Burbank Reiterates High-Speed Rail Concerns

Photo courtesy California High-Speed Rail Authority

First published in the Jan. 15 print issue of the Burbank Leader.

Burbank representatives will continue to press the California High-Speed Rail Authority on their apprehensions regarding the project, the City Council decided this week.
Council members voted 4-0 Tuesday to approve a comment letter to the authority ahead of its Wednesday, Jan. 19, meeting. The letter lists multiple issues city officials have with the state’s high-speed “bullet train” project, most of which are reiterated concerns they say the authority has failed to fully address.
Councilman Bob Frutos abstained from the discussion, saying that he lives within 1,000 feet of the project. He noted, however, that he wishes the authority had conducted better outreach to those living near the proposed project site.
The city’s comment letter argues that the authority’s environmental analysis does not include enough alternative plans for the project, sufficient information on construction-induced road closures, or specific mitigation measures for noise and vibration issues.
More than a decade and a half after Burbank first gave input on the high-speed rail project, on which the city has not taken a formal position, few details have been determined. The project would feature a train system operating as fast as 220 mph and connecting California’s major cities, including San Francisco, Sacramento, Bakersfield, Los Angeles and San Diego.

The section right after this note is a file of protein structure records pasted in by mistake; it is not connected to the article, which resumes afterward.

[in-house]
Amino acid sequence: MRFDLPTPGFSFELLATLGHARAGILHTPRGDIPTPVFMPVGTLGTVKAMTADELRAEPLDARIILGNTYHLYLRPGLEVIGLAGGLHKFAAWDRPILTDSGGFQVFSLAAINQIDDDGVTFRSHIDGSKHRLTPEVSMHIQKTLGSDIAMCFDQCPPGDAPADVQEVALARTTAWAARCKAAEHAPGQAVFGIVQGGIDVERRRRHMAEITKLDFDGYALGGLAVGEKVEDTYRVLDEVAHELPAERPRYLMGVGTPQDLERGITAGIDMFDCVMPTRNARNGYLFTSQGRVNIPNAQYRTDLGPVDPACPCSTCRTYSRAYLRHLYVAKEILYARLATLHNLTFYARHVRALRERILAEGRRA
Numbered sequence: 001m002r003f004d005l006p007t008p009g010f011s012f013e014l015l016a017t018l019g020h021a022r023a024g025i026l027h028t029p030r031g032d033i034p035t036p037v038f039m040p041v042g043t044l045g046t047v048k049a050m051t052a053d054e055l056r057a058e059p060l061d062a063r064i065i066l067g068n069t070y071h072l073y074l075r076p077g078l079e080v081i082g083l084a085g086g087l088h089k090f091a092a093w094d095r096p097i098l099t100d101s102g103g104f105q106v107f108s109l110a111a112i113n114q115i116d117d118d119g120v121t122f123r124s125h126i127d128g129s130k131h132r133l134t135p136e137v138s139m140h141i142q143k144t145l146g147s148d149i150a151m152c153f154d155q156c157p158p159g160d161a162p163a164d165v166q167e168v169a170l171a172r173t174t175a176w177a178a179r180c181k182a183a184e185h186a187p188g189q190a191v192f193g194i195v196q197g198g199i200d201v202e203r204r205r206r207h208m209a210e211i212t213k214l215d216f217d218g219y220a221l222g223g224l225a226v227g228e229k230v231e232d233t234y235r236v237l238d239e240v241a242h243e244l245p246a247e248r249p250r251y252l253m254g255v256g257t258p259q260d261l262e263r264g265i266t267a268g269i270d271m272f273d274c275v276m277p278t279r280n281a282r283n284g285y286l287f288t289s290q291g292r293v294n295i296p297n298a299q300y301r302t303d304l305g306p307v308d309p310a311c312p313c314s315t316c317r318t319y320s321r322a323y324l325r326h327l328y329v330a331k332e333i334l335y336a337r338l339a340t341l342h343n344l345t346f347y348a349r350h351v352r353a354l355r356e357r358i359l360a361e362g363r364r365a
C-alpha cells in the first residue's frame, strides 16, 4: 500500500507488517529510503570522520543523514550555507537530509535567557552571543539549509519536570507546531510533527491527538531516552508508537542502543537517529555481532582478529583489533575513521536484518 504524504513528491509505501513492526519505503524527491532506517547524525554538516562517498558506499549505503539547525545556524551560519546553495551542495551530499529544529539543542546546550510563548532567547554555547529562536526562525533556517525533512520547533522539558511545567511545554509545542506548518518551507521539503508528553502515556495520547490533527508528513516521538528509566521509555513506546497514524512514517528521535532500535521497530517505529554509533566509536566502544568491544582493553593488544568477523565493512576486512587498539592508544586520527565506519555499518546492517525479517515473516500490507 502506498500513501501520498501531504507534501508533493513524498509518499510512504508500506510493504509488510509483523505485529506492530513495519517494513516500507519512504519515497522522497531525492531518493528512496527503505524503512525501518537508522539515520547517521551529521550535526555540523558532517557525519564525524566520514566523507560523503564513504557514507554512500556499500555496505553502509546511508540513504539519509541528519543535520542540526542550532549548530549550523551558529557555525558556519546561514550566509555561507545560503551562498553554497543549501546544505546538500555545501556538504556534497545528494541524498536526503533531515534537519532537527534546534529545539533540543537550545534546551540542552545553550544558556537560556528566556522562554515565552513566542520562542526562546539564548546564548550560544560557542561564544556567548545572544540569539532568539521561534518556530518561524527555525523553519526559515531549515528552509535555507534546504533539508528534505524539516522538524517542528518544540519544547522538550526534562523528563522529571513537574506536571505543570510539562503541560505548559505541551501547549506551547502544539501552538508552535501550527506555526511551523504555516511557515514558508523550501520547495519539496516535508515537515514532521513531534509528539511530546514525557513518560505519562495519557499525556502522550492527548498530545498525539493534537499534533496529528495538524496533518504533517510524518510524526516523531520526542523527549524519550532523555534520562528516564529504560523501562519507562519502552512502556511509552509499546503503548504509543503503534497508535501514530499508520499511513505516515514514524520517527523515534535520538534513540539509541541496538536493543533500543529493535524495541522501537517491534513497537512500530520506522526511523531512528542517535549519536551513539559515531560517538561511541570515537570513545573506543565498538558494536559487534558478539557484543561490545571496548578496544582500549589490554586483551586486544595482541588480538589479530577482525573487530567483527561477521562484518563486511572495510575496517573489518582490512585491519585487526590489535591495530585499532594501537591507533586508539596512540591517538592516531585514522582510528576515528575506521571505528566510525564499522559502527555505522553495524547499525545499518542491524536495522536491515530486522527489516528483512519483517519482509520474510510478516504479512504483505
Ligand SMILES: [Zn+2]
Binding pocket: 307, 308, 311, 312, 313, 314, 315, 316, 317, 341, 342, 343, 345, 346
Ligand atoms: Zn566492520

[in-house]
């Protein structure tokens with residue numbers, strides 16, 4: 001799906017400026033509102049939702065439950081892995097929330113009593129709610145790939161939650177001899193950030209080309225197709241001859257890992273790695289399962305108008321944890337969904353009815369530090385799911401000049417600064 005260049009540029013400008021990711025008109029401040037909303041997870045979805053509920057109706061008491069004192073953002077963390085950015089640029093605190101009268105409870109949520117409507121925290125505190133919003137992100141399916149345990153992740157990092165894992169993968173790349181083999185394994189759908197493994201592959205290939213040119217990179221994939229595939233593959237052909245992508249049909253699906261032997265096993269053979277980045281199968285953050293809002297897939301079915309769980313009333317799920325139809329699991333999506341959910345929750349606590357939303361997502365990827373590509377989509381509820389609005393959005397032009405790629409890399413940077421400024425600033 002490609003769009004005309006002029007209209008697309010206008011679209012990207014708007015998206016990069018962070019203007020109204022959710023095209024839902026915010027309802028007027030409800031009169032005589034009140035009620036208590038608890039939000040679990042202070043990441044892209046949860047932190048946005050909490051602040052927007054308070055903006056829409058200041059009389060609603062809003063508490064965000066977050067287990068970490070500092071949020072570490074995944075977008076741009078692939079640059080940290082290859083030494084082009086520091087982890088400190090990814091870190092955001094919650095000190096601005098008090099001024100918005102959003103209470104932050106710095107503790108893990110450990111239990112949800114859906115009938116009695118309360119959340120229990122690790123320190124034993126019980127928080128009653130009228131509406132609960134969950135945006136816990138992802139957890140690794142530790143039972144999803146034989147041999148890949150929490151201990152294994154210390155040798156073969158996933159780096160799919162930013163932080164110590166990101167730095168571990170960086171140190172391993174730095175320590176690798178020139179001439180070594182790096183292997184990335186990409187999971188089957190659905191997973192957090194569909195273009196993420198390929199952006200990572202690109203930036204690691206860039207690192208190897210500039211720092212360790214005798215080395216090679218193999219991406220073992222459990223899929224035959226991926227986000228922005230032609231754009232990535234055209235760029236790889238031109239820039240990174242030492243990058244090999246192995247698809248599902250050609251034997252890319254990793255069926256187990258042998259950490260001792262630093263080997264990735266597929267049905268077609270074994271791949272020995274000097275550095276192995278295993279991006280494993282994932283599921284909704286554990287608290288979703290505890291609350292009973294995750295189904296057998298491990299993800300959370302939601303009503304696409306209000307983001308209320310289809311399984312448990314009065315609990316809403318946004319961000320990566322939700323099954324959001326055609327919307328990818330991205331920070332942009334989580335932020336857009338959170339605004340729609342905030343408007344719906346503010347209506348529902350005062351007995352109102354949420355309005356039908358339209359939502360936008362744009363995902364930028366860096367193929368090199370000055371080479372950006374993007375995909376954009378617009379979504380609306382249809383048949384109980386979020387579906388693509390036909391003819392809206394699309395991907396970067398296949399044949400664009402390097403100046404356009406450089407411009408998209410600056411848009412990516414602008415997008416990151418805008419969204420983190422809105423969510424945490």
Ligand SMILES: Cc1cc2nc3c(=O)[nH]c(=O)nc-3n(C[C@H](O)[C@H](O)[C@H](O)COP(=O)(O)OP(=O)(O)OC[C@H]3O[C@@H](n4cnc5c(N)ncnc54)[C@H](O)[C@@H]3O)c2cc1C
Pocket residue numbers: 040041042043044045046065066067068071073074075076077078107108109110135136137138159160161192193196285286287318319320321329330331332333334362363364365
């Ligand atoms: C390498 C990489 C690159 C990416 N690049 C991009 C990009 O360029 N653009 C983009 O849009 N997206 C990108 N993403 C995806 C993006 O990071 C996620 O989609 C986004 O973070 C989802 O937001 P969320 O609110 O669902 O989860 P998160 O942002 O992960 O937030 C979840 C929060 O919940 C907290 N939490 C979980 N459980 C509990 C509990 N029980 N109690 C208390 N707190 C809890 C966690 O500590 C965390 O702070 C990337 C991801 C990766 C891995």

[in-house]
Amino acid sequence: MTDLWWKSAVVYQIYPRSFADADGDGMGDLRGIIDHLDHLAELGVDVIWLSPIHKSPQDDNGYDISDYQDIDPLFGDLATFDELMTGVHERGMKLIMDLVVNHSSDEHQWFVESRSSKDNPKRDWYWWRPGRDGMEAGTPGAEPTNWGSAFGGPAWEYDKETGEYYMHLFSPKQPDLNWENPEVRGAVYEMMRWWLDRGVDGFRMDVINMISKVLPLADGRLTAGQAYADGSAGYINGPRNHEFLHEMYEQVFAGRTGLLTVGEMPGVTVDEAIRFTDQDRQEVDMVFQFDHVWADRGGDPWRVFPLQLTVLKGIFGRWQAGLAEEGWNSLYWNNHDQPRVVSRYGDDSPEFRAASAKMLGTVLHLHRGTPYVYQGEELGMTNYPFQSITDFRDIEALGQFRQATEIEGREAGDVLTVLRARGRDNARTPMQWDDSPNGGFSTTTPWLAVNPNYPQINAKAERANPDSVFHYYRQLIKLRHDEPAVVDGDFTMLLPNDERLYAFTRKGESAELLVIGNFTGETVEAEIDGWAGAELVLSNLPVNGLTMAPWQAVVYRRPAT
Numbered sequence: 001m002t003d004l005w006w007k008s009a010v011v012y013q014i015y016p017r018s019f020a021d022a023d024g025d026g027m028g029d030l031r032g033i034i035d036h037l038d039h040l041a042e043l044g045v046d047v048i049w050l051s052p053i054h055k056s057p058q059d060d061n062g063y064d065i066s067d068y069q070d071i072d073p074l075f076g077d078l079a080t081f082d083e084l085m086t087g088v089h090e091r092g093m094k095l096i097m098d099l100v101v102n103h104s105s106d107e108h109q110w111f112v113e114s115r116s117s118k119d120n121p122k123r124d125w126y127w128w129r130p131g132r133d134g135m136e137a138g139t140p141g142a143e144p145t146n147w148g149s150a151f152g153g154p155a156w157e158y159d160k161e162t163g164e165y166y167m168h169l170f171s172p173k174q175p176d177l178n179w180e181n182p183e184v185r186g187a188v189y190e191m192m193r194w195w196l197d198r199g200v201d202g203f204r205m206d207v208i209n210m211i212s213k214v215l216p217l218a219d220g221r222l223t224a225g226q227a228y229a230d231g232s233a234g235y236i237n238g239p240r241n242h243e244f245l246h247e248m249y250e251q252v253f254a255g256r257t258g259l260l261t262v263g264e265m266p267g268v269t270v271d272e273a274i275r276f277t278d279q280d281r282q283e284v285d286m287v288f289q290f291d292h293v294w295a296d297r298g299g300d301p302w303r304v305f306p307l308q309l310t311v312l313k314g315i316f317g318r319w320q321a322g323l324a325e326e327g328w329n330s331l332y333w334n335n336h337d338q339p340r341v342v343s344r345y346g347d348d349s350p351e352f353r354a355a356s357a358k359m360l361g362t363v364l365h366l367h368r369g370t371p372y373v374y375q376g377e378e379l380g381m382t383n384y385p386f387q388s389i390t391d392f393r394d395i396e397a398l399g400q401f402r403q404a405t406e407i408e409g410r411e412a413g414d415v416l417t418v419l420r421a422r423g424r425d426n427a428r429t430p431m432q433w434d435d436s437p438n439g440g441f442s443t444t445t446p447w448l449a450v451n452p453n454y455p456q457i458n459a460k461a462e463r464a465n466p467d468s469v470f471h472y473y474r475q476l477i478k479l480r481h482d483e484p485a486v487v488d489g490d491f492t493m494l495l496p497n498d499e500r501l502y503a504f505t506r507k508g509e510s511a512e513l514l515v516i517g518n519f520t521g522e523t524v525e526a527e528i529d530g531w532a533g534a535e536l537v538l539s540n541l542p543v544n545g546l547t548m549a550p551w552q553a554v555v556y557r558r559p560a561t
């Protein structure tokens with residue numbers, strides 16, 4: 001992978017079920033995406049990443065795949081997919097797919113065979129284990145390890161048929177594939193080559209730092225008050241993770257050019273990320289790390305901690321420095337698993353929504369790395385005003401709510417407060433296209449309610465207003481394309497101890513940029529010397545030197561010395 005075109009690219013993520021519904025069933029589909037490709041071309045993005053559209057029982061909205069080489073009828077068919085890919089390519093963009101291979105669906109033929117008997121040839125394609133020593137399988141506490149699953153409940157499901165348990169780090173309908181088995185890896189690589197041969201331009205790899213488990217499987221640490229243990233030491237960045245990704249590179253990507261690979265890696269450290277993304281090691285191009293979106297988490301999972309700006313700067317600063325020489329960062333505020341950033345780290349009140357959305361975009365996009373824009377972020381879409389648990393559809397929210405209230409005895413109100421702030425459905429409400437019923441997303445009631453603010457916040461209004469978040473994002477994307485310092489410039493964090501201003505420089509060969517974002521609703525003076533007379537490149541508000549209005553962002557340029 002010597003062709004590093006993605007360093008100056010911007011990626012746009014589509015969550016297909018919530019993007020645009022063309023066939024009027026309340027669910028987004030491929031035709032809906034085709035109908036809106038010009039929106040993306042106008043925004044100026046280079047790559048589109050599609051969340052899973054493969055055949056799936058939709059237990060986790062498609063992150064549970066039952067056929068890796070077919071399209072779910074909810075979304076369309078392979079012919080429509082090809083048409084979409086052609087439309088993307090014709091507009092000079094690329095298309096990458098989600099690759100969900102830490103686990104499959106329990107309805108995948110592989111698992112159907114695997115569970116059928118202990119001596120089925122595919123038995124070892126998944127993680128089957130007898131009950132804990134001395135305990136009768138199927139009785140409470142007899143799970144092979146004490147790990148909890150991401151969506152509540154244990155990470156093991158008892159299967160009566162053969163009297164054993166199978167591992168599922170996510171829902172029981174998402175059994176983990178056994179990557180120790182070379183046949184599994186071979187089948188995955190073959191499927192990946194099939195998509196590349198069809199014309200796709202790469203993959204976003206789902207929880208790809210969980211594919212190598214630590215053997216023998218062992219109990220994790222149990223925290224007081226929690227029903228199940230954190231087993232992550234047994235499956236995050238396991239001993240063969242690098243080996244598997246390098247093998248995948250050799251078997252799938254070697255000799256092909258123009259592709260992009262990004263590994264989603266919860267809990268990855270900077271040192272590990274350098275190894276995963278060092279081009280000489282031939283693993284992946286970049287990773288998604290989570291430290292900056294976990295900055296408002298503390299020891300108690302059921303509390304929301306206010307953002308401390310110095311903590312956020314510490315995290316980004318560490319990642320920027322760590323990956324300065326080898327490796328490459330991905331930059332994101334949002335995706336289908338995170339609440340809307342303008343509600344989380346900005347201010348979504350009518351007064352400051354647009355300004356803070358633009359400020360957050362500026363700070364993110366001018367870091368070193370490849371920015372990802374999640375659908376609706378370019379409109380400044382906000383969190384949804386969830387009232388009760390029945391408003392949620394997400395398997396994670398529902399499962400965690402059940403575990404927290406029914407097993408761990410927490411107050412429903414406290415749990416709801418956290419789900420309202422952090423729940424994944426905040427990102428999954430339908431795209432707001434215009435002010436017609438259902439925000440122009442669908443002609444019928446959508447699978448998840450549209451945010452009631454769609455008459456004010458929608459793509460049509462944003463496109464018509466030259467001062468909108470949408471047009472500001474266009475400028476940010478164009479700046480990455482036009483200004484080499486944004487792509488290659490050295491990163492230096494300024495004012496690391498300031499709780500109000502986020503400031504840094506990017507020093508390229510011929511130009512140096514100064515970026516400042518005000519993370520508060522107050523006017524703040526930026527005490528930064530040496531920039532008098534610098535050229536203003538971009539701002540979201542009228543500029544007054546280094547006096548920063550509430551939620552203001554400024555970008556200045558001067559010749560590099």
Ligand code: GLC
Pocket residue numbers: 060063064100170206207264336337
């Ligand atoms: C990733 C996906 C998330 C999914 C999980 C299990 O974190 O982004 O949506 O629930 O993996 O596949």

The proposal has long experienced ballooning cost increases, opposition from neighborhood groups, and delays. David Kriske, Community Development Department assistant director for transportation, also told the council that it is unknown when development could begin locally.
Some of the rail authority’s responses to the city’s concerns have pointed only to general principles, he added, rather than specific answers.
“As the city begins to come out of the I-5 construction period and we have a lot of lessons learned about how those impacts should be planned [and] disclosed up front, … we feel that the document from the High-Speed Rail Authority still does not fully address the city’s concerns with relation to how construction impacts are dealt with, particularly in terms of street closures, damages to streets [and] detours,” Kriske said.
Depending on what the authority decides on Wednesday regarding the project’s impact report, Burbank could consider taking legal action, he noted.
The Burbank portion of the route would begin in a tunnel and extend through the Avion business park — which would need to be demolished — before leading underneath the airport. The route would continue underground until returning to the surface between Hollywood Way and Buena Vista Street, then aligning roughly with the I-5 Freeway before exiting the city near Alameda Avenue.
The project would require construction at multiple points along the route, including for new or widened underpasses and overpasses.
Local officials have also expressed concern that, while the proposed route would be built along the Metrolink rail corridor, adding two tracks would further divide the city and take up valuable space — particularly in downtown Burbank.
Still, as Councilman Nick Schultz noted, many of the details regarding the project remain unknown.
“Because this is an unfunded project, it’s something that we’re going to have to continue to monitor,” he said. “The story is certainly not done on this.”